Definition of disaffiliate in English:

disaffiliate

Line breaks: dis|af¦fili|ate
Pronunciation: /ˌdɪsəˈfɪlɪeɪt
 
/

verb

[with object]
1(Of a group or organization) end its official connection with (a subsidiary group): the party disaffiliated the Socialist League
More example sentences
  • They said such a move would lead to the Labour Party disaffiliating us and that we would lose political influence.
  • The decision was made to disaffiliate the union from the party after 86 years, depriving Labour of the union's practical support and £50,000 per year in donations.
  • Despite its general secretary leading the SLP, there has been no attempt to disaffiliate the NUM from the Labour Party.
1.1 [no object] (Of a subsidiary group) end an official connection with an organization: students' unions who wish to disaffiliate from the NUS
More example sentences
  • Len's career as the international representative came to an abrupt end in 1970 when he was fired for being one of the leaders that led Saskatchewan members in their successful drive to disaffiliate from the American-based organization.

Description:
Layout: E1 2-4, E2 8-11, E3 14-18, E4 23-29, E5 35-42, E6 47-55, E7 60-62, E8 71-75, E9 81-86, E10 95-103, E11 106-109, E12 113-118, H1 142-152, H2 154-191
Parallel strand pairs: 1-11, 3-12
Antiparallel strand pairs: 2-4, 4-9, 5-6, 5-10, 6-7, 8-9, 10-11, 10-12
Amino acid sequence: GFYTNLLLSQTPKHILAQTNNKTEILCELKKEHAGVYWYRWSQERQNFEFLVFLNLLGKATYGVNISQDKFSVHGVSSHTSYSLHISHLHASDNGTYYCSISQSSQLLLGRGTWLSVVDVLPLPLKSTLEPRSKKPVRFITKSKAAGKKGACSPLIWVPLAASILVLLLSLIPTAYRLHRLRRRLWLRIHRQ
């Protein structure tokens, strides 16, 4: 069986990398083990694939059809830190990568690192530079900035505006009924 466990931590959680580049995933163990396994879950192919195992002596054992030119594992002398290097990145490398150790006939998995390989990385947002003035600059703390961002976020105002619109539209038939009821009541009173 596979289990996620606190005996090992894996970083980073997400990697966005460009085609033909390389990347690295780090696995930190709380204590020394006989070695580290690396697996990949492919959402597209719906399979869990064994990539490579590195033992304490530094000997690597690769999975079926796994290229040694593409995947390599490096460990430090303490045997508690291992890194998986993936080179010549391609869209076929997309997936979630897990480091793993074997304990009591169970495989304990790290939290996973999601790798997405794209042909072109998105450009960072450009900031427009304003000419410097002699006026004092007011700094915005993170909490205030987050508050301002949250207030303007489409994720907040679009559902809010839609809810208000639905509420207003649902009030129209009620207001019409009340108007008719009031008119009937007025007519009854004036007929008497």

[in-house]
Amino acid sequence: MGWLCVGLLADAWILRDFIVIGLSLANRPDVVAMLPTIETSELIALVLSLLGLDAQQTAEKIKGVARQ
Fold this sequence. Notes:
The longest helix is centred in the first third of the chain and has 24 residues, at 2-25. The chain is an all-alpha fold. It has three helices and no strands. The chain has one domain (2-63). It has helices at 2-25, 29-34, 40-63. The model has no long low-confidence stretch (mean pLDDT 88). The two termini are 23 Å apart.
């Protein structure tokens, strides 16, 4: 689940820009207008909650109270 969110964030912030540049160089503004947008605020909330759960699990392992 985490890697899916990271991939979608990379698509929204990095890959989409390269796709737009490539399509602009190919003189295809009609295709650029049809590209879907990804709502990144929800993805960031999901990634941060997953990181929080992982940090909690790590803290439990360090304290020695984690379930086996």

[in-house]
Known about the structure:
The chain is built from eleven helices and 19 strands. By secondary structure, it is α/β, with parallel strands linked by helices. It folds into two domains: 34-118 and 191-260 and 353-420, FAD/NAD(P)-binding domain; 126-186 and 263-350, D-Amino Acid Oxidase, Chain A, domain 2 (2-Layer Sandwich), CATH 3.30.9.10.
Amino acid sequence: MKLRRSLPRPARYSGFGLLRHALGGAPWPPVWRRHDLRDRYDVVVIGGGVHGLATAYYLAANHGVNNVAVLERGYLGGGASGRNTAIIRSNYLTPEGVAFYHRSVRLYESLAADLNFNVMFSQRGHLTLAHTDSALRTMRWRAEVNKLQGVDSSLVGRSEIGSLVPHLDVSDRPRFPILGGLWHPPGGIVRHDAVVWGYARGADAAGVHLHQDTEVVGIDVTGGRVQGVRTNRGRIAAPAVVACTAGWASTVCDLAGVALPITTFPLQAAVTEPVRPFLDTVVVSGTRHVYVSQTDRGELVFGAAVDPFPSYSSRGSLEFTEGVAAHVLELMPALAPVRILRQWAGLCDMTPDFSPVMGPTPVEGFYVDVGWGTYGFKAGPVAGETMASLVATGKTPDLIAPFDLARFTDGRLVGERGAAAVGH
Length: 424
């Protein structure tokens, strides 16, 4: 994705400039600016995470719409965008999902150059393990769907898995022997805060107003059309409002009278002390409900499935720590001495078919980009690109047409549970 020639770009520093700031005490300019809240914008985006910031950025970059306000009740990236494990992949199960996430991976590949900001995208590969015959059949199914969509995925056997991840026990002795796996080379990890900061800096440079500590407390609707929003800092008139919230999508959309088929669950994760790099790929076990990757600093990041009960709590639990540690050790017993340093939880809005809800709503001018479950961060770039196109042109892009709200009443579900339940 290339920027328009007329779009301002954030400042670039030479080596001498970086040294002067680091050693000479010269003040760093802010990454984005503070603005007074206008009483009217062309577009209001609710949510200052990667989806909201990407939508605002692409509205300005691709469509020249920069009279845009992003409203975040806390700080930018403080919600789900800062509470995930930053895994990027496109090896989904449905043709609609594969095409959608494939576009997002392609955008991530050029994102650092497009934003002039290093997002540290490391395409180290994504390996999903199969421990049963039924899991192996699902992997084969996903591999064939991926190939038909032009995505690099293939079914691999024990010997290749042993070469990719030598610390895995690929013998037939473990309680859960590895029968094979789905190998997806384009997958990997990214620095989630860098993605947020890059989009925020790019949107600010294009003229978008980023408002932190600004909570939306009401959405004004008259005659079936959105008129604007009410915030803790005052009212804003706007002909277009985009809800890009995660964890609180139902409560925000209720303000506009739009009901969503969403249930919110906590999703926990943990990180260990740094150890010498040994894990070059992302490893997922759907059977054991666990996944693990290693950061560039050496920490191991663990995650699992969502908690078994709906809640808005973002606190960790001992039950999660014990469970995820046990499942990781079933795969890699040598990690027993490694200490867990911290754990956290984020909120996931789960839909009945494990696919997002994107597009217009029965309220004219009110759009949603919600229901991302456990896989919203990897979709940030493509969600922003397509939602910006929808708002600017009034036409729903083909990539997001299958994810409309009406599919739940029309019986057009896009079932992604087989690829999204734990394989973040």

• By 1988 mounting hostility to Labor's pro-market program resulted in miners and other sections of the working class demanding that their unions break with the Accord and disaffiliate from the ALP.
  • But he also spoke out against any suggestion that the union should disaffiliate from Labour and said it was a thousand times better to be inside the party than sitting on the sidelines sulking.

Derivatives

disaffiliation

Pronunciation: /-ˈeɪʃ(ə)n/
noun
More example sentences
  • These events crystallised and cauterised the build-up of social, financial and political disaffiliation originating in the 1990s.
  • I have deliberately refrained from entering the discussion about the disaffiliation of the NSW women, hoping that the situation would be resolved quickly.
  • The Legion's branch lost 400 members following the disaffiliation, and now meets in the Fox and Hounds, in Tadcaster.

Definition of disaffiliate in:

Get more from Oxford Dictionaries

Subscribe to remove adverts and access premium resources

Word of the day glee
Pronunciation: gliː
noun
great delight, especially from one's own good fortune…